(Posted by Jane)
According to the last personality test I took I’m mainly ‘a mix of green and yellow.’ The ‘green’ indicating that I’m relational, concerned with and affected by individuals; the ‘yellow’ identifying a love for vision, new ideas, and seeing the ‘big picture.’ A fair sense of my character, deduced from just 20 questions. But despite those ‘green’ traits it seems I’m often slow at appreciating a responsive, personal, and relational approach to working with the poor and marginalised. I’ve surprised myself in recent years with how much I love strategy and a clear, systematic approach to implementing a vision, and how I often find my mind awash with big ideas.
This has been the case recently as I’ve become increasingly involved with an organisation supporting women in one of Kampala’s slums. I’ve often come away from an afternoon of volunteering thinking ‘If we did things this way perhaps we could reach more women’… ‘If we put such-and-such a programme in place perhaps this would be more sustainable’… ‘Maybe we could be more effective if we had a clear plan for how to deal with these different situations’… I must point out that this organisation has many strategic and effective programmes in place, but that doesn’t stop me from wondering.
And yet in the same instant that I’ve had these thoughts, I’ve found myself humbled. Humbled by an amazing organisation driven by love for each individual rather than programmes churned out to unknown faces; an organisation operating relationally and responsively rather than through predetermined systems.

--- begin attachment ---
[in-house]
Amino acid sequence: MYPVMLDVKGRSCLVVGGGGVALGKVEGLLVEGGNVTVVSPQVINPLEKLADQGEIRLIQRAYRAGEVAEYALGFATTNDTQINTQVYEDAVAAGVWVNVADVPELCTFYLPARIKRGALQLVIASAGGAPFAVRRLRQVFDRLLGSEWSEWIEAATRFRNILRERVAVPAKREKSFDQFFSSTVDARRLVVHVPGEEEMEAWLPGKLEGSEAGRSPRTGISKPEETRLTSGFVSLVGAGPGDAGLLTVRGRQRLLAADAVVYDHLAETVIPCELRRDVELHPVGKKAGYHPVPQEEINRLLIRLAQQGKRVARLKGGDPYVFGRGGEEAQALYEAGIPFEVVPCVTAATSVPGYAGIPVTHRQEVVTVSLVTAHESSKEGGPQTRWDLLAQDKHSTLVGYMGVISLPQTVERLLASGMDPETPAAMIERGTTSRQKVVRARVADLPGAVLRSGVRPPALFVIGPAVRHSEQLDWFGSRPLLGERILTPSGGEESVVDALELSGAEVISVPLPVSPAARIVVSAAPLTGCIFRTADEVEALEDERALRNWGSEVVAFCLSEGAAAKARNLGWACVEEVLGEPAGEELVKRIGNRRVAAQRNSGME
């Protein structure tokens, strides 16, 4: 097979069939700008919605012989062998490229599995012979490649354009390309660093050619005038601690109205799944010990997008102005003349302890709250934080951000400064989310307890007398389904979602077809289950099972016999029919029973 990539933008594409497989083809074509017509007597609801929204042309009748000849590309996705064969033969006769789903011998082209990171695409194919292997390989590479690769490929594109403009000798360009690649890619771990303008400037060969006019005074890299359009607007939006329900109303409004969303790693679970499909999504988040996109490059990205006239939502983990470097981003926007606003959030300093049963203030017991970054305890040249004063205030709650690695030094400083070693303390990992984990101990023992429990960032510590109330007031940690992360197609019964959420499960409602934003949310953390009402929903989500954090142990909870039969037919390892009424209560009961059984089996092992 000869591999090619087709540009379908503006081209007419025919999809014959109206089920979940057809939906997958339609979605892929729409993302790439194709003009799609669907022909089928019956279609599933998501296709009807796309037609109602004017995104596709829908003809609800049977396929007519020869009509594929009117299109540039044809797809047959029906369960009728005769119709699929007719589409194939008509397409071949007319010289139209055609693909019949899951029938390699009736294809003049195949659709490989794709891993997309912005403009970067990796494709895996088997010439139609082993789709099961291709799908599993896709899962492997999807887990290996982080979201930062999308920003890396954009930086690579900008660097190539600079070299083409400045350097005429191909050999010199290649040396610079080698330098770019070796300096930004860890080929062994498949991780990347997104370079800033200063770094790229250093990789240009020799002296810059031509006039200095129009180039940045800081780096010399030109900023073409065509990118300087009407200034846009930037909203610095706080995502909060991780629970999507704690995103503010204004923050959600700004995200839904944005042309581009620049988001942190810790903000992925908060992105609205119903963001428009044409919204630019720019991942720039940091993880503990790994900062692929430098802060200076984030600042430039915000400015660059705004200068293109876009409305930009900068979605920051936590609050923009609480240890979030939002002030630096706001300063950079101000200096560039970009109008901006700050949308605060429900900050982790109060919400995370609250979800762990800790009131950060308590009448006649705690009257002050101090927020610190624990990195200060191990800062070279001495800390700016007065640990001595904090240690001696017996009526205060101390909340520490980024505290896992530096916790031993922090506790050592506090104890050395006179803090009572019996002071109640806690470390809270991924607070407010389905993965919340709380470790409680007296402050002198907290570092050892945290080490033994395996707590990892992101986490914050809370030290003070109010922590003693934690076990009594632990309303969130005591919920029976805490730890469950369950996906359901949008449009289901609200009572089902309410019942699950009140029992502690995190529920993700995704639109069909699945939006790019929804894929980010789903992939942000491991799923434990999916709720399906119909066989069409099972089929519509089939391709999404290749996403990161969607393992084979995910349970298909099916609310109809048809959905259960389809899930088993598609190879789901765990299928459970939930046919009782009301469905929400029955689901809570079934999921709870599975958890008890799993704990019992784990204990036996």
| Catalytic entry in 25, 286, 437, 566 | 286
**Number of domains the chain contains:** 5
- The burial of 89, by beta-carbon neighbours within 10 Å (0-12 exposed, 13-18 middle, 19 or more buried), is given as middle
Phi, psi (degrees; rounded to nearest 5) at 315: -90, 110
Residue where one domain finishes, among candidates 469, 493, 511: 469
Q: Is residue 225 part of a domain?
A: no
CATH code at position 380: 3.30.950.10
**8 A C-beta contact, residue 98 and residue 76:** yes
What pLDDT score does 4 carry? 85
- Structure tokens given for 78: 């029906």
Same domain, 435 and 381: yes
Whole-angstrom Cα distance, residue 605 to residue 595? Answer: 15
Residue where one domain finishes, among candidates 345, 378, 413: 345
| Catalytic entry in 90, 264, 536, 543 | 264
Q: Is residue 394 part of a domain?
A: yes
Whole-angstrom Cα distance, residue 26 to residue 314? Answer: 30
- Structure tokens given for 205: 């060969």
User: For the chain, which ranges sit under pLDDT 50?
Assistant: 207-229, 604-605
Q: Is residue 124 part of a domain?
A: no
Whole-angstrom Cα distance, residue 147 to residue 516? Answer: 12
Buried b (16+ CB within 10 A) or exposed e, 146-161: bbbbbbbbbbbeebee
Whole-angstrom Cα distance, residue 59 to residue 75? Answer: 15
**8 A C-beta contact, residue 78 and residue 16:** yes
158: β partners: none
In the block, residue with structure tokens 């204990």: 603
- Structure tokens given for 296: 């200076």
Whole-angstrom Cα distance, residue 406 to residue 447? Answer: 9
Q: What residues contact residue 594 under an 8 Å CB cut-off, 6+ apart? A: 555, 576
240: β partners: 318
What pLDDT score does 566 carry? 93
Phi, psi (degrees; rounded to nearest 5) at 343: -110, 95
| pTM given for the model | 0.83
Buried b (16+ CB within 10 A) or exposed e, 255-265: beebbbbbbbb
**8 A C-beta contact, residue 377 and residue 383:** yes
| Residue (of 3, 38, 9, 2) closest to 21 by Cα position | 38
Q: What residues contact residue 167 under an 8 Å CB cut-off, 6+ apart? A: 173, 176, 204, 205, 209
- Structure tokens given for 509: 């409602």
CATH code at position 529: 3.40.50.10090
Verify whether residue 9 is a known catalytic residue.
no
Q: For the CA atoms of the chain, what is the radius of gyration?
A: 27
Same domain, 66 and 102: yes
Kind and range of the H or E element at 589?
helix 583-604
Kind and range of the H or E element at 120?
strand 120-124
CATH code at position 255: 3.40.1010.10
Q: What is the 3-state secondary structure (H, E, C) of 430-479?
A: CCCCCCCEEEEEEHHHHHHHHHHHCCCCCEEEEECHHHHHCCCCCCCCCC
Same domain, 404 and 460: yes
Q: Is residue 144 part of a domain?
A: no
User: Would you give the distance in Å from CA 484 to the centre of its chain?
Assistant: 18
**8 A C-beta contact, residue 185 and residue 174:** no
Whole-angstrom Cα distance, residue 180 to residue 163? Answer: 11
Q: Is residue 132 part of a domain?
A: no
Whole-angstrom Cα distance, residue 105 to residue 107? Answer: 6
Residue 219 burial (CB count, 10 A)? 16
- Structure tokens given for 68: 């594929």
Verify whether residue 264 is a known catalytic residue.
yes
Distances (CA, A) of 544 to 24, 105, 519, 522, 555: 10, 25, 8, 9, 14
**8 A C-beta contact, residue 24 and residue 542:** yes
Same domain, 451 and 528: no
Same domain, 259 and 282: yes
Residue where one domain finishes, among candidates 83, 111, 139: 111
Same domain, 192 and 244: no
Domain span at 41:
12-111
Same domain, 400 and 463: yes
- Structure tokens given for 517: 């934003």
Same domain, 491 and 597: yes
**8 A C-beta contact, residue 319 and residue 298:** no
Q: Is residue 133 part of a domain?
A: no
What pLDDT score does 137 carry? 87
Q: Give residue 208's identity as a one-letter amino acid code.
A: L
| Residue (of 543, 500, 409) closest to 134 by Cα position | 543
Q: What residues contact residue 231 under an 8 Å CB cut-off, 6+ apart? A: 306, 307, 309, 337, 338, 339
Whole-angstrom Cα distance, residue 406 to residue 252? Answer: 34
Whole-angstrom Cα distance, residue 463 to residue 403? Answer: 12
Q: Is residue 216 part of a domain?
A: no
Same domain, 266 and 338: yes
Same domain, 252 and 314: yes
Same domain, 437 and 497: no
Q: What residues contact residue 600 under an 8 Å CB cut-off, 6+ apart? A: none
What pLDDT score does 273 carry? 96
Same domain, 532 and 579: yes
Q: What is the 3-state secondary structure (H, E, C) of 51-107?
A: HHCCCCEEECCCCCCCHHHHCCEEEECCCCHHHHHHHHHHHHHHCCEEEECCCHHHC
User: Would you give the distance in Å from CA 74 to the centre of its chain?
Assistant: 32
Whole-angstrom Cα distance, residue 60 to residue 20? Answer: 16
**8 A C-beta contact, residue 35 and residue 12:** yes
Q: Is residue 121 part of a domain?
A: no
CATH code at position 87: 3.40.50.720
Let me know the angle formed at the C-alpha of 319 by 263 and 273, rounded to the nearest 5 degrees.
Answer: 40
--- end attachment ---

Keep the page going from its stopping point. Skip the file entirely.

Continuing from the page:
On Thursdays we visit the women in their homes. Simple, we visit them. There are times when I’ve left feeling overwhelmed: overwhelmed by apparent hopelessness, overwhelmed by their practical needs. ‘What more can we be doing?’ I wonder, and I come up with ideas that would result in removing the visits team from the women’s homes and putting them in an office… genius… when the reality is that many of the women we spend time with are so desperate, so lonely, that I doubt they would attend a ‘programme’ for the masses, or that an impersonal strategy would even reach them in their need. What they need is someone to visit them. To know them. To hear their story. To encourage them in their situation to keep going. To offer advice specific to them. To pray with them. To remind them, face to face, eye-contact held, that there is hope.
This time last year I was studying the book of James. Slightly against my will I must add, because I knew I would be challenged by its contents. James certainly does not mince his words! And yet, after making a series of strong demands on the church he summarises with breathtaking simplicity by saying: ‘Religion that God our Father accepts as pure and faultless is this: to visit orphans and widows in their distress.’
To what? To visit.